GOMS Model (Card, Moran, and Newell)

Summary: The GOMS Model is a human information processing model that predicts what skilled users will do in seemingly unpredictable situations.

Originators and proponents: Card, Moran and Newell in 1983[1]; Bonnie E. John and David E. Kieras in 1996[2].

Keywords: Goals, operators, methods, selection rules

GOMS Model (Card, Moran, and Newell)

This model is the general term for a family of human information processing techniques that attempt to model and predict user behavior. Typically used by software designers, a person’s behavior is analyzed in terms of four components:

  • Goals – something that the person wants to accomplish. Can be high level (e.g. WRITE-PAPER) to low level (e.g. DELETE CHARACTER)
  • Operators – basic perceptual, cognitive, or motor actions used to accomplish goals, or actions that the software allows user to make (e.g. PRESS-ENTER-KEY or CLICK-MOUSE)
  • Methods – procedures (sequences) of subgoals and operators that can accomplish a goal
  • Selection rules – personal rules users follow in deciding what method to use in a circumstance

One of the most validated methods in Human Computer Interaction (HCI), the GOMS model assumes expert user and well-defined tasks. It should be noted that there are various limitations to this technique, e.g.:

  1. Task in question must be usefully analyzed in terms of the procedural (how to do it) knowledge.
  2. Represents only skilled behavior. Not useful for ill-defined problem solving, exploration, etc. Cognitive walkthrough is useful for exploratory behavior by novices.
  3. Need to start with a list of top-level tasks or user goals. List must be provided outside of GOMS.

GOMS is useful for uncovering a frequent goal supported by a very inefficient method thereby informing a design change to include a more efficient method.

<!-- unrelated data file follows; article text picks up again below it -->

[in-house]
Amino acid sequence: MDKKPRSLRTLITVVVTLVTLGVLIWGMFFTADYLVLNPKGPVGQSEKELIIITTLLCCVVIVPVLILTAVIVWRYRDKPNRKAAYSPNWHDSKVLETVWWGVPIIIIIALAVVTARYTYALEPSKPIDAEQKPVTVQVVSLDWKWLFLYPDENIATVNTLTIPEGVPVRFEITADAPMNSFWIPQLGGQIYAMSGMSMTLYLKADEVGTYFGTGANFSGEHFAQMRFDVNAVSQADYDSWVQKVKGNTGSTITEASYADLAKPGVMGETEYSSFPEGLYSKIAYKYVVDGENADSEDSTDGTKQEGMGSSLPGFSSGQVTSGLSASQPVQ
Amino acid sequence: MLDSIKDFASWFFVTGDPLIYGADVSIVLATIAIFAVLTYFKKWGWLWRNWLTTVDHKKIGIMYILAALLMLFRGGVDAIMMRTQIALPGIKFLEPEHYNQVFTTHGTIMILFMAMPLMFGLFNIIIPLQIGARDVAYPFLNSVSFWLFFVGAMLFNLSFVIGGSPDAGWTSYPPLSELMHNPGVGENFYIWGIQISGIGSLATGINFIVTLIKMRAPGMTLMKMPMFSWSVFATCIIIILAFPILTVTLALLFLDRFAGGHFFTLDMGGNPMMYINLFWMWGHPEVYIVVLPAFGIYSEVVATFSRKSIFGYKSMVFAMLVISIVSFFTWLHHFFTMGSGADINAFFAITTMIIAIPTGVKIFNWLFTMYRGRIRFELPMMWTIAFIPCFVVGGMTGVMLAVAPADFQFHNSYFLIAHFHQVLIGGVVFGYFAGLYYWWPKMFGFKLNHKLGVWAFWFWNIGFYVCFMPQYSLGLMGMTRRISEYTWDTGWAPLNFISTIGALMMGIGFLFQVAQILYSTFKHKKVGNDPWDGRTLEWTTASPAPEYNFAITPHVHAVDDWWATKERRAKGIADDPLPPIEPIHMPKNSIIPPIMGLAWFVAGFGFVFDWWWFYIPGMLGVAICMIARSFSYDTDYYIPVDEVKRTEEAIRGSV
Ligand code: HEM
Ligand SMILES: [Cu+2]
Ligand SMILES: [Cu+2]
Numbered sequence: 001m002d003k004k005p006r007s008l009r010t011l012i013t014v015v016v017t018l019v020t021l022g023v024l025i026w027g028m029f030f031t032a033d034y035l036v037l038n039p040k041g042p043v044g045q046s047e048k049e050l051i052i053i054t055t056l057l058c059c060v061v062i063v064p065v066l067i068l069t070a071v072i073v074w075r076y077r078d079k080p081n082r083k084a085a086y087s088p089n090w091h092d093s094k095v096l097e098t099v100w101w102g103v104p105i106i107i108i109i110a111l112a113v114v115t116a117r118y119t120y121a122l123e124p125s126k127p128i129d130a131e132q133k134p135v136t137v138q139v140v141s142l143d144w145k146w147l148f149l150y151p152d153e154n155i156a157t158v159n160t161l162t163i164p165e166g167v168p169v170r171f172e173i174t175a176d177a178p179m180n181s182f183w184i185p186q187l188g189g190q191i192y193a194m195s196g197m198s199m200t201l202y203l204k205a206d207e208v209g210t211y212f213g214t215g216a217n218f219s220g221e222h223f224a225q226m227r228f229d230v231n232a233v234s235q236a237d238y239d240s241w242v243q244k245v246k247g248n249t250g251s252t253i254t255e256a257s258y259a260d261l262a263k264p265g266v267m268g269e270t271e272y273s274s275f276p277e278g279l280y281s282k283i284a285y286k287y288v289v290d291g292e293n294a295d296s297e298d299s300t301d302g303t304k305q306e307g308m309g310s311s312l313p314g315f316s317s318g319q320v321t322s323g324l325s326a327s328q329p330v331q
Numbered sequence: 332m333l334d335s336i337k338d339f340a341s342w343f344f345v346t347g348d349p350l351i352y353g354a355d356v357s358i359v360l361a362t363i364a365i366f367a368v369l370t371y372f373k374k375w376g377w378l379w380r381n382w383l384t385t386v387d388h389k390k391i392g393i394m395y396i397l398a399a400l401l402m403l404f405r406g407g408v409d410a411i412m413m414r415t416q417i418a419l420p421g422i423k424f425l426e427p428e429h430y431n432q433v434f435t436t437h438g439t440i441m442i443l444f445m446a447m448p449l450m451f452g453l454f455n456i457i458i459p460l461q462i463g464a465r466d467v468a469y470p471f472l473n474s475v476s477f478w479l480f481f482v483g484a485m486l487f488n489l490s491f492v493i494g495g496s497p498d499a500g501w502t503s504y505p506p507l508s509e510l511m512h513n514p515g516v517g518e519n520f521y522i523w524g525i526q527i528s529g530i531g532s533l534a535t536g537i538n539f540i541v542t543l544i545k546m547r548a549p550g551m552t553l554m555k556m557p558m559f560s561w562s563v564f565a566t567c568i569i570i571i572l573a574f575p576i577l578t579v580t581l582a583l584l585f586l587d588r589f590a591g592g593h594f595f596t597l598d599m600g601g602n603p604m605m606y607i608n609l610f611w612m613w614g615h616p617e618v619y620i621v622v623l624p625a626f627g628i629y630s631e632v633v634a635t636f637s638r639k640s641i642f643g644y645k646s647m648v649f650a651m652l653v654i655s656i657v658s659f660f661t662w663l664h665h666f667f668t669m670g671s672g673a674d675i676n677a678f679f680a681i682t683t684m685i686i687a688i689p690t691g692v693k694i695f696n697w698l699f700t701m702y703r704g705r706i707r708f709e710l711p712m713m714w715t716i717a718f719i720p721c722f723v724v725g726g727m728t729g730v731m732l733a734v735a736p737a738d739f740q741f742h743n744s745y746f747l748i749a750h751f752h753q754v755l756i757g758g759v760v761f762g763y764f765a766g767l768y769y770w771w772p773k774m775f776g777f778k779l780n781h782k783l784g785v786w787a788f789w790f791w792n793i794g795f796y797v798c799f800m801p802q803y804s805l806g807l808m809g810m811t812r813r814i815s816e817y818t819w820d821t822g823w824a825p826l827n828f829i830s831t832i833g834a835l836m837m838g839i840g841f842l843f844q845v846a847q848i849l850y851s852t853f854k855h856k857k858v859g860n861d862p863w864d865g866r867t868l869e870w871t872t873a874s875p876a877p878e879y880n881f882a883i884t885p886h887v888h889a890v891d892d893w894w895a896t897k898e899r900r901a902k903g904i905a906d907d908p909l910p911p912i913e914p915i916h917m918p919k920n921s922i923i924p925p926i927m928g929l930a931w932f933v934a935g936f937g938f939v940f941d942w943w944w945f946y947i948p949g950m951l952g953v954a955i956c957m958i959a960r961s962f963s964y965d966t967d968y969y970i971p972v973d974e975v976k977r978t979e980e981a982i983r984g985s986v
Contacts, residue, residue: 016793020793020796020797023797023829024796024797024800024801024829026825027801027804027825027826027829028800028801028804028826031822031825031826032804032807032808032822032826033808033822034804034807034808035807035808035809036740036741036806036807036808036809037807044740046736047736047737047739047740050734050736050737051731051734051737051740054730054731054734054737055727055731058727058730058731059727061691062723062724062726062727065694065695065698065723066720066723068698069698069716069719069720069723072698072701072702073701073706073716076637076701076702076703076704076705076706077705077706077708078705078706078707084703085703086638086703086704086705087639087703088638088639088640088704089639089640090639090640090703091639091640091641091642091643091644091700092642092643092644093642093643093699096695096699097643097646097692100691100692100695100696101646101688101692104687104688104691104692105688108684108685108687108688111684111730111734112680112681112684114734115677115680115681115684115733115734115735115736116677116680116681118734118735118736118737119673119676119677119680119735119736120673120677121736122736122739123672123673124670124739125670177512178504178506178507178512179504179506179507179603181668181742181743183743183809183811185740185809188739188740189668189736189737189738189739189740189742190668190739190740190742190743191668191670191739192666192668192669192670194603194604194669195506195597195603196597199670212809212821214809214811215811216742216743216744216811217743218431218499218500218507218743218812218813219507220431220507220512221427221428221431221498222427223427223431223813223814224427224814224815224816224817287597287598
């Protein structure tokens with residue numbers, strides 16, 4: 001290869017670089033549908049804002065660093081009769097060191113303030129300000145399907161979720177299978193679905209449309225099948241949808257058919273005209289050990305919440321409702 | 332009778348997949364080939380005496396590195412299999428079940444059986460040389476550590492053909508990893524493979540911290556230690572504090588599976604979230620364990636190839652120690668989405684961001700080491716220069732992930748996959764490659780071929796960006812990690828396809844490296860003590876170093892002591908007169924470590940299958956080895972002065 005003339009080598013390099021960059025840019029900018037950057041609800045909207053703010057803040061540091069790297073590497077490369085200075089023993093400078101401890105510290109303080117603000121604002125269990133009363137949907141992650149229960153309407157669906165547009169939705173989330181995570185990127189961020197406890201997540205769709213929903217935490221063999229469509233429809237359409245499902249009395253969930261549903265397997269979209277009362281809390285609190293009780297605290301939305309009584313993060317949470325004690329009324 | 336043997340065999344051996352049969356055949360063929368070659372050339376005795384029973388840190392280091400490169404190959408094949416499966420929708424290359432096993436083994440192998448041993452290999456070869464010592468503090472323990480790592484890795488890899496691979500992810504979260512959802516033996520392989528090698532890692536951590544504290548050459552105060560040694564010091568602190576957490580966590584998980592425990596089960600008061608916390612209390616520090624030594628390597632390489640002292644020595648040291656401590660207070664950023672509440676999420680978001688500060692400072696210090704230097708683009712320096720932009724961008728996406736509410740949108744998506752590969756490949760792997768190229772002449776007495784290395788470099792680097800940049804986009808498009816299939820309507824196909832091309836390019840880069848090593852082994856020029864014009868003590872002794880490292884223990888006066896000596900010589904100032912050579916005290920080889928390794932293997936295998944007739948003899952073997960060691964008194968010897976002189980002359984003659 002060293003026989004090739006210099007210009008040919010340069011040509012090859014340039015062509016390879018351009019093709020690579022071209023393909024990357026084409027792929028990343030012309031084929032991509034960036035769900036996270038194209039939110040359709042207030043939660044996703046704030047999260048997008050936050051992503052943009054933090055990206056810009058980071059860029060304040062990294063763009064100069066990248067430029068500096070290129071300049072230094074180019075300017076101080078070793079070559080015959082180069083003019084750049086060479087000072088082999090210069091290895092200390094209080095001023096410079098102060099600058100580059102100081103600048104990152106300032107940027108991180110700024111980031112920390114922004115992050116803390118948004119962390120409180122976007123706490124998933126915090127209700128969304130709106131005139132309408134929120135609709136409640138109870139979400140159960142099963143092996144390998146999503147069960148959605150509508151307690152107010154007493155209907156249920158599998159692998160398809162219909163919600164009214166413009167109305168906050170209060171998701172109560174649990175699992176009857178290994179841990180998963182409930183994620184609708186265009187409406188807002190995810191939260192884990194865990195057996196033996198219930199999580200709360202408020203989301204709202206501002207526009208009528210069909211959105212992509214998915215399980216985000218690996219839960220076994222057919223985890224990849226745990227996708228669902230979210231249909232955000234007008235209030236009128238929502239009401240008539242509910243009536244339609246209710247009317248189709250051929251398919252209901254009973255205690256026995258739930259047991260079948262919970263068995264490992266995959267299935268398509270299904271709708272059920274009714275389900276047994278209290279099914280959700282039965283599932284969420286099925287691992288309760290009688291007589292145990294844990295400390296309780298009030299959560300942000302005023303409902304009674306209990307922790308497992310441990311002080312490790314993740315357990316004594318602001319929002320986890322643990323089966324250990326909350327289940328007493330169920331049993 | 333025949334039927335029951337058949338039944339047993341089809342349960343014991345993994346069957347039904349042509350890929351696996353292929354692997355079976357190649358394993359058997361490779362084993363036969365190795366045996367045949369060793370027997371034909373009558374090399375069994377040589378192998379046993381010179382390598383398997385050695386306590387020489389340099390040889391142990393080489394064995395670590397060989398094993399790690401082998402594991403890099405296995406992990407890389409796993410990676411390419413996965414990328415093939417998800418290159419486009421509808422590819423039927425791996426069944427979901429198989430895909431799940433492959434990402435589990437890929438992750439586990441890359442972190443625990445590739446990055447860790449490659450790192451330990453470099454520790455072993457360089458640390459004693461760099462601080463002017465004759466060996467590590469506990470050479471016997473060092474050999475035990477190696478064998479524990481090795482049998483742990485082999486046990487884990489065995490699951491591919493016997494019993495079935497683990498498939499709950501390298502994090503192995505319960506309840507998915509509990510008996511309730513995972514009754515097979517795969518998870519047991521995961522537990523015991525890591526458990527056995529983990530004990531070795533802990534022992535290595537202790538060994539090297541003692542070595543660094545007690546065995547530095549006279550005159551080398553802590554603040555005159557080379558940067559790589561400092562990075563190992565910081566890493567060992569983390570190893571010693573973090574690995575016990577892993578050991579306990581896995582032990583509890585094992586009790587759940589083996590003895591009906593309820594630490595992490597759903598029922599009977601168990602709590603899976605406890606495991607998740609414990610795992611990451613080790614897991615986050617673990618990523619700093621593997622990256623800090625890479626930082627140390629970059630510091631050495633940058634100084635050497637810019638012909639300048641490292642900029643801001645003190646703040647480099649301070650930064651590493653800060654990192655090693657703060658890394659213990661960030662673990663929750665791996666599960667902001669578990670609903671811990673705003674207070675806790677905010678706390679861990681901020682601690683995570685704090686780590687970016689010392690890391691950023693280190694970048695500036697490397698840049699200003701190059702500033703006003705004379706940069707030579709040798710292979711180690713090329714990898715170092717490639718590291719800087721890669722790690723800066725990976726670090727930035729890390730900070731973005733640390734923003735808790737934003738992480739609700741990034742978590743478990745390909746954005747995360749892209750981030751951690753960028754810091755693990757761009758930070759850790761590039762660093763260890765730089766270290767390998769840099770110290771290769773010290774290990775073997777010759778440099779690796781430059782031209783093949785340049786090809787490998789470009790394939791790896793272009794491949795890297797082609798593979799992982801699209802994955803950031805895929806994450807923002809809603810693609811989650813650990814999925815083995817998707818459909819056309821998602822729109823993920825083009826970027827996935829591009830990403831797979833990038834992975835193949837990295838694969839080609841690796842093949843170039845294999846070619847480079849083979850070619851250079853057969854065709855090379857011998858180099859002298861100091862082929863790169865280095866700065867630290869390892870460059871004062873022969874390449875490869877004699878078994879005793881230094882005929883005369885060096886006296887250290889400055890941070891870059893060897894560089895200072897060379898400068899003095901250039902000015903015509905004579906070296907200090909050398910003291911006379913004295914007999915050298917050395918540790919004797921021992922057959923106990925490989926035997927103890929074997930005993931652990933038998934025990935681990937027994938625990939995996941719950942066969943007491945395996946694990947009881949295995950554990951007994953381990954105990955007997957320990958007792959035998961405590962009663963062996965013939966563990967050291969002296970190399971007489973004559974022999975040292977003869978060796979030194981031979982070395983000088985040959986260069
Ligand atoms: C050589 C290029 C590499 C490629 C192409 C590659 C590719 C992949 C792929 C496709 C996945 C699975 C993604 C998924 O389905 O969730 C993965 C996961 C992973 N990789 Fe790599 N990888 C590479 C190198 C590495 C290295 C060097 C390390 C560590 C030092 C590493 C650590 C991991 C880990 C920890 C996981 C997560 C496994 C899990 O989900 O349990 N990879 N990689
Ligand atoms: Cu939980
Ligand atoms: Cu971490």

Variations include:

  • Keystroke Level Model (KLM) by Stuart Card: The first, simplest form of GOMS consisting of the sum of subtasks and required overhead. That is, the sum of the time of P – pointing, H – homing, D – drawing, M – mental operator, R – waiting for system response[3].
  • Card Moran Newell (CMN)-GOMS: A serial stage model of GOMS.
  • Critical Path Method (also known as Cognitive Perceptual Motor or CPM-GOMS): A parallel stage model (for users with highest level of skill) critical-path-method or cognitive-perceptual-motor analysis of activity – perceptual, cognitive, motor operators can be performed in parallel as the task demands.

For more information, we recommend:

References

  1. Card, S. K., Newell, A., & Moran, T. P. (1983). The psychology of human-computer interaction.
  2. Card, S. K., Moran, T. P., & Newell, A. (1980). The keystroke-level model for user performance time with interactive systems. Communications of the ACM, 23(7), 396-410.
  3. John, B. E., & Kieras, D. E. (1996). The GOMS family of user interface analysis techniques: Comparison and contrast. ACM Transactions on Computer-Human Interaction (TOCHI), 3(4), 320-351.
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